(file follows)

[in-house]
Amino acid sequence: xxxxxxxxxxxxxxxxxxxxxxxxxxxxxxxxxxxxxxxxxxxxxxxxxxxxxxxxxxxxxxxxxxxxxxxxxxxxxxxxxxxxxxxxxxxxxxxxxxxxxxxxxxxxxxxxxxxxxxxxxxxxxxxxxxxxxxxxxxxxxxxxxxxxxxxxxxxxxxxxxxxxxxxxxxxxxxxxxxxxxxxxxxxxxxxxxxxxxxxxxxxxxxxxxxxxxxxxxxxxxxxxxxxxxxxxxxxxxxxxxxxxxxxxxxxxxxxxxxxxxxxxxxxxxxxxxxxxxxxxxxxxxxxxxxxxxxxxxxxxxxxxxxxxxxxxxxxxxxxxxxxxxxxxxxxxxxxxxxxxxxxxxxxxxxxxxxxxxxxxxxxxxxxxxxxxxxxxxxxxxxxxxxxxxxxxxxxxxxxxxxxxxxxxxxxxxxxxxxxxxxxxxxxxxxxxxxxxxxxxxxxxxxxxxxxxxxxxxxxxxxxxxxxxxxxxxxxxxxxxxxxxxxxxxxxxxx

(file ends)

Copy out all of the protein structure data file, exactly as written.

[in-house]
Amino acid sequence: xxxxxxxxxxxxxxxxxxxxxxxxxxxxxxxxxxxxxxxxxxxxxxxxxxxxxxxxxxxxxxxxxxxxxxxxxxxxxxxxxxxxxxxxxxxxxxxxxxxxxxxxxxxxxxxxxxxxxxxxxxxxxxxxxxxxxxxxxxxxxxxxxxxxxxxxxxxxxxxxxxxxxxxxxxxxxxxxxxxxxxxxxxxxxxxxxxxxxxxxxxxxxxxxxxxxxxxxxxxxxxxxxxxxxxxxxxxxxxxxxxxxxxxxxxxxxxxxxxxxxxxxxxxxxxxxxxxxxxxxxxxxxxxxxxxxxxxxxxxxxxxxxxxxxxxxxxxxxxxxxxxxxxxxxxxxxxxxxxxxxxxxxxxxxxxxxxxxxxxxxxxxxxxxxxxxxxxxxxxxxxxxxxxxxxxxxxxxxxxxxxxxxxxxxxxxxxxxxxxxxxxxxxxxxxxxxxxxxxxxxxxxxxxxxxxxxxxxxxxxxxxxxxxxxxxxxxxxxxxxxxxxxxxxxxxxxx